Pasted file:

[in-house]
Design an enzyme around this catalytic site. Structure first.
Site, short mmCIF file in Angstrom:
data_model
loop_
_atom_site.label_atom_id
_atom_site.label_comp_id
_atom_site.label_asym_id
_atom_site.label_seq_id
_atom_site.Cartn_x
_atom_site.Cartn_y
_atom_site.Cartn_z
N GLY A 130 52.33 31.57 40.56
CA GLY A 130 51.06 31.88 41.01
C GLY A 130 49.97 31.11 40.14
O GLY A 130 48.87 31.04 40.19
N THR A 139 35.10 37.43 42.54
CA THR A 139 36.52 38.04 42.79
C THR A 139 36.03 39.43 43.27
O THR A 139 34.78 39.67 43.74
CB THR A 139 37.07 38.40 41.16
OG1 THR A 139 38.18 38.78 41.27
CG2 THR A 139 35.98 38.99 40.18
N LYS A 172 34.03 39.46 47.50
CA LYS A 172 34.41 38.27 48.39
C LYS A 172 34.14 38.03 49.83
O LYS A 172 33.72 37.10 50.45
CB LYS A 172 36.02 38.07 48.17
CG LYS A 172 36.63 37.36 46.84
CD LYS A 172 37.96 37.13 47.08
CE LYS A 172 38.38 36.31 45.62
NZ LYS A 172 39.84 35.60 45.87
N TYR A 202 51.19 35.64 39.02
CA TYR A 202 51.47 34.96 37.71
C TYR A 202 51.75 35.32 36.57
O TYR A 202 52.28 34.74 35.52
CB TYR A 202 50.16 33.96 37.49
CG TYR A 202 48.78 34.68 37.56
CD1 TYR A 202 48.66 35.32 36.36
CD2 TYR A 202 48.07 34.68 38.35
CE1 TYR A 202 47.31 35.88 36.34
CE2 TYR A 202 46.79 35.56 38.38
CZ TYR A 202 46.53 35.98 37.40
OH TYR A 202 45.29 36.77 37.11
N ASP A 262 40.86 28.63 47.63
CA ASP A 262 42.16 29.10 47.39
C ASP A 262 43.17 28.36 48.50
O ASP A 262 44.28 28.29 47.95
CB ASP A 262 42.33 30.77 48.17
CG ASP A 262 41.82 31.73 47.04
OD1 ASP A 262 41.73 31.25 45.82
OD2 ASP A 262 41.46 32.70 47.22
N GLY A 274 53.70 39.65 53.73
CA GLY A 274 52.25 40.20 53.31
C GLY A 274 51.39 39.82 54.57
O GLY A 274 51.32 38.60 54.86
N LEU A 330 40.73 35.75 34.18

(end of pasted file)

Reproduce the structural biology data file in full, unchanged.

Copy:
[in-house]
Design an enzyme around this catalytic site. Structure first.
Site, short mmCIF file in Angstrom:
data_model
loop_
_atom_site.label_atom_id
_atom_site.label_comp_id
_atom_site.label_asym_id
_atom_site.label_seq_id
_atom_site.Cartn_x
_atom_site.Cartn_y
_atom_site.Cartn_z
N GLY A 130 52.33 31.57 40.56
CA GLY A 130 51.06 31.88 41.01
C GLY A 130 49.97 31.11 40.14
O GLY A 130 48.87 31.04 40.19
N THR A 139 35.10 37.43 42.54
CA THR A 139 36.52 38.04 42.79
C THR A 139 36.03 39.43 43.27
O THR A 139 34.78 39.67 43.74
CB THR A 139 37.07 38.40 41.16
OG1 THR A 139 38.18 38.78 41.27
CG2 THR A 139 35.98 38.99 40.18
N LYS A 172 34.03 39.46 47.50
CA LYS A 172 34.41 38.27 48.39
C LYS A 172 34.14 38.03 49.83
O LYS A 172 33.72 37.10 50.45
CB LYS A 172 36.02 38.07 48.17
CG LYS A 172 36.63 37.36 46.84
CD LYS A 172 37.96 37.13 47.08
CE LYS A 172 38.38 36.31 45.62
NZ LYS A 172 39.84 35.60 45.87
N TYR A 202 51.19 35.64 39.02
CA TYR A 202 51.47 34.96 37.71
C TYR A 202 51.75 35.32 36.57
O TYR A 202 52.28 34.74 35.52
CB TYR A 202 50.16 33.96 37.49
CG TYR A 202 48.78 34.68 37.56
CD1 TYR A 202 48.66 35.32 36.36
CD2 TYR A 202 48.07 34.68 38.35
CE1 TYR A 202 47.31 35.88 36.34
CE2 TYR A 202 46.79 35.56 38.38
CZ TYR A 202 46.53 35.98 37.40
OH TYR A 202 45.29 36.77 37.11
N ASP A 262 40.86 28.63 47.63
CA ASP A 262 42.16 29.10 47.39
C ASP A 262 43.17 28.36 48.50
O ASP A 262 44.28 28.29 47.95
CB ASP A 262 42.33 30.77 48.17
CG ASP A 262 41.82 31.73 47.04
OD1 ASP A 262 41.73 31.25 45.82
OD2 ASP A 262 41.46 32.70 47.22
N GLY A 274 53.70 39.65 53.73
CA GLY A 274 52.25 40.20 53.31
C GLY A 274 51.39 39.82 54.57
O GLY A 274 51.32 38.60 54.86
N LEU A 330 40.73 35.75 34.18